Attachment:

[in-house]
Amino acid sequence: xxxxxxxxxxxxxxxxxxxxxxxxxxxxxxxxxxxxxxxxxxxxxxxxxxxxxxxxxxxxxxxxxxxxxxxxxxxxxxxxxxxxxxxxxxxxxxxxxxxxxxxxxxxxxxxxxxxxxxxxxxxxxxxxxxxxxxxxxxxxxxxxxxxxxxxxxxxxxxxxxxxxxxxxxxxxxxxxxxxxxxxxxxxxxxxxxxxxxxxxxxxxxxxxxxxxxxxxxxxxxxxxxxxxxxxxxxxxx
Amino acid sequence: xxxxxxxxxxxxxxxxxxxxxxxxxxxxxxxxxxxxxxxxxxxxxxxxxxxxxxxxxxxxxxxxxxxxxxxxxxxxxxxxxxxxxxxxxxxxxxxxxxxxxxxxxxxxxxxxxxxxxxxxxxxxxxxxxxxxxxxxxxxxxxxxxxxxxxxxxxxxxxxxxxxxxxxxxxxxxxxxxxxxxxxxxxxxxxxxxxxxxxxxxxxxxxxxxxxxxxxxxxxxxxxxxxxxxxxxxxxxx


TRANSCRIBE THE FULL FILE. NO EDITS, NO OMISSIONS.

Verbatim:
[in-house]
Amino acid sequence: xxxxxxxxxxxxxxxxxxxxxxxxxxxxxxxxxxxxxxxxxxxxxxxxxxxxxxxxxxxxxxxxxxxxxxxxxxxxxxxxxxxxxxxxxxxxxxxxxxxxxxxxxxxxxxxxxxxxxxxxxxxxxxxxxxxxxxxxxxxxxxxxxxxxxxxxxxxxxxxxxxxxxxxxxxxxxxxxxxxxxxxxxxxxxxxxxxxxxxxxxxxxxxxxxxxxxxxxxxxxxxxxxxxxxxxxxxxxx
Amino acid sequence: xxxxxxxxxxxxxxxxxxxxxxxxxxxxxxxxxxxxxxxxxxxxxxxxxxxxxxxxxxxxxxxxxxxxxxxxxxxxxxxxxxxxxxxxxxxxxxxxxxxxxxxxxxxxxxxxxxxxxxxxxxxxxxxxxxxxxxxxxxxxxxxxxxxxxxxxxxxxxxxxxxxxxxxxxxxxxxxxxxxxxxxxxxxxxxxxxxxxxxxxxxxxxxxxxxxxxxxxxxxxxxxxxxxxxxxxxxxxx